Koskinen is heading into the final season of a three-year, $13.5 million contract that has made him virtually untradeable and a near-certainty to go unclaimed on waivers. With the buyout deadline passed, it seems Koskinen will be back with the NHL team. The Oilers have a logjam in the minors and don’t need a veteran goalie with the American Hockey League’s Bakersfield Condors (AHL) eating into time from their top prospects, Stuart Skinner and either Ilya Konovalov or Olivier Rodrigue.

This has been a source of great consternation in Oil Country, where many believe the caliber of goaltending as all that is stands between Edmonton and a run at the Stanley Cup.

Despite having a year left on his contract and at a bargain rate of $785,000, Stalock has never really entered the public discourse. Perhaps that’s because he was never really got on the radar in the first place, or it was assumed that after dealing with a serious health condition, he wasn’t going to come back. But the latter is now obviously not the case.

Stalock vs Koskinen

Who could be a better goalie with Edmonton in 2021-22 won’t even start becoming clear until training camp opens and the pre-season gets underway in several weeks. Still, there are several comparisons that provide perspective on Koskinen and Smith.

Alex Stalock Minnesota Wild
Alex Stalock has 9 shutouts in his NHL regular-season career (Jess Starr/The Hockey Writers)

At 33, Koskinen is a year younger than Stalock. The former is also much taller (6-foot-7 compared to an even 6-feet), while both weigh around 200 pounds.

Their career NHL regular season stats are markedly close in several categories: Stalock is 61-49-18 (.547 points percentage) with nine shutouts in 151 games, posting a 2.61 GAA and .909 SV%. Koskinen is 58-48-9 (.543) with five shutouts in 123 games, registering a 2.97 GAA and .907 SV%. Stalock is 1-4 with a 2.54 GAA and .910 SV% in eight postseason appearances, while Koskinen is 1-2 with a 3.16 GAA and .889 SV% in four playoff games, all with the Oilers in 2020.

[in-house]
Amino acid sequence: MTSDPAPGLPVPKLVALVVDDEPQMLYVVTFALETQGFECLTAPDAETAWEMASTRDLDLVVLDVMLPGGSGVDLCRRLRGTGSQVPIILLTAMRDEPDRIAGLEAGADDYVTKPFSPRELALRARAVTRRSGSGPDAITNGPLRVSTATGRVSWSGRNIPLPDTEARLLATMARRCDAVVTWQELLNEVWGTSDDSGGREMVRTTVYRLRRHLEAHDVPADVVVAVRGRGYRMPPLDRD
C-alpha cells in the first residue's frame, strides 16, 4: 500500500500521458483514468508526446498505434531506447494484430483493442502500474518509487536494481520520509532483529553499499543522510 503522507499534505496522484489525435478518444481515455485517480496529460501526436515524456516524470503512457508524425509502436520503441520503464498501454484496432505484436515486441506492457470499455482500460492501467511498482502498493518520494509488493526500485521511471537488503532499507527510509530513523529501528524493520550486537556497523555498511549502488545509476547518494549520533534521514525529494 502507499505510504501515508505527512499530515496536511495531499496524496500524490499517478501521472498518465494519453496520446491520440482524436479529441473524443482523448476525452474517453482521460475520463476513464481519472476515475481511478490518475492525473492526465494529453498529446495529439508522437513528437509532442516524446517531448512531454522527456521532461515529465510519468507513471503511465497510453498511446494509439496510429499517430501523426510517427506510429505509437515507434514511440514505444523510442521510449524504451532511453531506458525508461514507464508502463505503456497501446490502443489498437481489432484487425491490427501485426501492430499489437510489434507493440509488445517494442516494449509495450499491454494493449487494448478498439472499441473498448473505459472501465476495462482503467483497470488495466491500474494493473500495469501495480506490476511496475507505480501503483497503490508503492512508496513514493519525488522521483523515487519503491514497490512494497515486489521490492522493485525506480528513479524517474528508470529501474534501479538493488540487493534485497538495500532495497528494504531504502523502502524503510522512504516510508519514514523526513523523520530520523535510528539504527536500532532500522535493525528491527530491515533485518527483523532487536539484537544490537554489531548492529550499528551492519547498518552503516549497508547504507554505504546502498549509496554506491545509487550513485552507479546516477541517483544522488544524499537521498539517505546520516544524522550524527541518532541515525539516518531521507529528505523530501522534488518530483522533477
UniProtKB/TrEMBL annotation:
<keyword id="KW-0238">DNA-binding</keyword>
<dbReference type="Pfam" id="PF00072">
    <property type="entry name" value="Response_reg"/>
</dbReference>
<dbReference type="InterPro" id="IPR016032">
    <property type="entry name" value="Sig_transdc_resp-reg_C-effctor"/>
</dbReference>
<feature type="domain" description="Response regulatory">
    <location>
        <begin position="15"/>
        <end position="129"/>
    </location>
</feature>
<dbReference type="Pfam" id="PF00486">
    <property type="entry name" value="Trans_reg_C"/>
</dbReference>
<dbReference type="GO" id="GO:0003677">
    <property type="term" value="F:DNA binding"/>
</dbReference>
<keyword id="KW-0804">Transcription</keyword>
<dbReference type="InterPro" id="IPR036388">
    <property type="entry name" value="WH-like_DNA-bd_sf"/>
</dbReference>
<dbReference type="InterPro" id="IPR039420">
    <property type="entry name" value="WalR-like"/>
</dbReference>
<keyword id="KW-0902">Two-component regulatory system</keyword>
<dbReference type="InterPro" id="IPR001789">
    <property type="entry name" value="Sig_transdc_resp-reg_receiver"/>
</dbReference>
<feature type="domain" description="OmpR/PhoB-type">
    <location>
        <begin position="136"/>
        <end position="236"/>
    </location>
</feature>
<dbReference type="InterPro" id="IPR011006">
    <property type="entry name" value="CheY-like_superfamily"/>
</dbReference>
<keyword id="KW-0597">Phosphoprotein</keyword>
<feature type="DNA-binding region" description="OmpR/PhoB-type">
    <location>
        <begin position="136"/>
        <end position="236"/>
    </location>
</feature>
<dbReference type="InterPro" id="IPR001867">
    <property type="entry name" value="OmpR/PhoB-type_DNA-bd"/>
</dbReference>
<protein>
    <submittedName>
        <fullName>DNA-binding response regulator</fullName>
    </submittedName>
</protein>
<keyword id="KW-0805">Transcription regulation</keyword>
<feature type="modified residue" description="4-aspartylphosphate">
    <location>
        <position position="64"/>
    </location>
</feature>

Mikko Koskinen Edmonton Oilers
Mikko Koskinen has an NHL career record of 58-49-9 (Jess Starr/The Hockey Writers)

Both have had limited runs as the go-to-goalie in their NHL careers, Stalock in the second half of 2019-20, Koskinen most recently at the start of last season when Smith was injured and he played 12 of Edmonton’s first 13 games, going 5-7 with a 3.55 GAA and .889 SV%.

In shootouts, Koskinen has stopped 22 of 28 attempts (.786) and has a 4-3 win/loss record. Stalock has an 8-9 record and has turned aside 42 of 61 shots in the post-overtime skills contest.

Oilers’ Options

The Oilers could conceivably start the season with Smith, Koskinen, and Stalock all on their 23-man roster, but that doesn’t seem like an option over the long term, considering the number of skaters the Oilers may want to carry.

As mentioned, adding another goalie to the mix in Bakersfield seems unideal. However, there is perhaps something to be said for having a veteran mentoring Edmonton’s up-and-coming netminders in the minors. If the Oilers try sending Stalock to Bakersfield, there is a good chance another team plucks him off the waiver wire, just as Edmonton did several months ago. Notably, Koskinen in the minors would carry a hit of $3.425 million, which if added to Koskinen’s $785,000 contract is $4,210,000 — $290,000 less than Koskinen’s current $4.5 million hit in the NHL.

The emergence of Stalock has only added to the number of difficult questions the Oilers face concerning their goaltending situation. Still, it may ultimately result in a more desirable answer.